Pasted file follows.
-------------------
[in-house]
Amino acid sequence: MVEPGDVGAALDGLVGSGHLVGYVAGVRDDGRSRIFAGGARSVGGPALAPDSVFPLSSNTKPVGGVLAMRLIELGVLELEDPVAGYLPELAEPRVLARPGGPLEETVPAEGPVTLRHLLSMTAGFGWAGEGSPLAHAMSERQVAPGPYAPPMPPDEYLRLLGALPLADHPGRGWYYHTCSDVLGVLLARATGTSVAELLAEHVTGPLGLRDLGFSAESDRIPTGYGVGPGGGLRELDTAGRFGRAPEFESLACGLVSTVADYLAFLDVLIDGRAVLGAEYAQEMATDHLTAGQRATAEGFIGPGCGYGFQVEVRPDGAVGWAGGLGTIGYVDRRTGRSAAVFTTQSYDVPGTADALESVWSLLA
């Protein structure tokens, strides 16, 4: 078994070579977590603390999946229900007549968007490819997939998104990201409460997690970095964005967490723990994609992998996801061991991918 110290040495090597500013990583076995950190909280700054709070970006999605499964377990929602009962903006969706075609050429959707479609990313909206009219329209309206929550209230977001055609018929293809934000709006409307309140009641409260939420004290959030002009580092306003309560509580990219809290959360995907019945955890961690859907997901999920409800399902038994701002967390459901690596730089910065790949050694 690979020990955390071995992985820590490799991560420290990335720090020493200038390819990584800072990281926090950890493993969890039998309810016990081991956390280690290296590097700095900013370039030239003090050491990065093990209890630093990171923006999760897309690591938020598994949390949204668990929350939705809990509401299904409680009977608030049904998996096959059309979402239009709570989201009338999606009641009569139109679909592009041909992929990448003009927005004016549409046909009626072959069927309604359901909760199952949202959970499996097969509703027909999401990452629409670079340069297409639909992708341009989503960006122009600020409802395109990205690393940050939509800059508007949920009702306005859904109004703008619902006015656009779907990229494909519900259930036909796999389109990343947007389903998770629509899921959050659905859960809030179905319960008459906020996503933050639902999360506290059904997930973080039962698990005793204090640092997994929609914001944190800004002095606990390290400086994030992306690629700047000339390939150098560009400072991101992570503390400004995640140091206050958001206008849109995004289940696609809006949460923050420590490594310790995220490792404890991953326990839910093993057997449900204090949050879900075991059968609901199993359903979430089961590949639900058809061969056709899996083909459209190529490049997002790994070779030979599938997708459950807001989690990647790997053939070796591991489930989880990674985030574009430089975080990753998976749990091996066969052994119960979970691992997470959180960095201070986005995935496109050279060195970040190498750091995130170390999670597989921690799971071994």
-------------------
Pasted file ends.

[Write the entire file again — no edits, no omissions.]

[in-house]
Amino acid sequence: MVEPGDVGAALDGLVGSGHLVGYVAGVRDDGRSRIFAGGARSVGGPALAPDSVFPLSSNTKPVGGVLAMRLIELGVLELEDPVAGYLPELAEPRVLARPGGPLEETVPAEGPVTLRHLLSMTAGFGWAGEGSPLAHAMSERQVAPGPYAPPMPPDEYLRLLGALPLADHPGRGWYYHTCSDVLGVLLARATGTSVAELLAEHVTGPLGLRDLGFSAESDRIPTGYGVGPGGGLRELDTAGRFGRAPEFESLACGLVSTVADYLAFLDVLIDGRAVLGAEYAQEMATDHLTAGQRATAEGFIGPGCGYGFQVEVRPDGAVGWAGGLGTIGYVDRRTGRSAAVFTTQSYDVPGTADALESVWSLLA
């Protein structure tokens, strides 16, 4: 078994070579977590603390999946229900007549968007490819997939998104990201409460997690970095964005967490723990994609992998996801061991991918 110290040495090597500013990583076995950190909280700054709070970006999605499964377990929602009962903006969706075609050429959707479609990313909206009219329209309206929550209230977001055609018929293809934000709006409307309140009641409260939420004290959030002009580092306003309560509580990219809290959360995907019945955890961690859907997901999920409800399902038994701002967390459901690596730089910065790949050694 690979020990955390071995992985820590490799991560420290990335720090020493200038390819990584800072990281926090950890493993969890039998309810016990081991956390280690290296590097700095900013370039030239003090050491990065093990209890630093990171923006999760897309690591938020598994949390949204668990929350939705809990509401299904409680009977608030049904998996096959059309979402239009709570989201009338999606009641009569139109679909592009041909992929990448003009927005004016549409046909009626072959069927309604359901909760199952949202959970499996097969509703027909999401990452629409670079340069297409639909992708341009989503960006122009600020409802395109990205690393940050939509800059508007949920009702306005859904109004703008619902006015656009779907990229494909519900259930036909796999389109990343947007389903998770629509899921959050659905859960809030179905319960008459906020996503933050639902999360506290059904997930973080039962698990005793204090640092997994929609914001944190800004002095606990390290400086994030992306690629700047000339390939150098560009400072991101992570503390400004995640140091206050958001206008849109995004289940696609809006949460923050420590490594310790995220490792404890991953326990839910093993057997449900204090949050879900075991059968609901199993359903979430089961590949639900058809061969056709899996083909459209190529490049997002790994070779030979599938997708459950807001989690990647790997053939070796591991489930989880990674985030574009430089975080990753998976749990091996066969052994119960979970691992997470959180960095201070986005995935496109050279060195970040190498750091995130170390999670597989921690799971071994």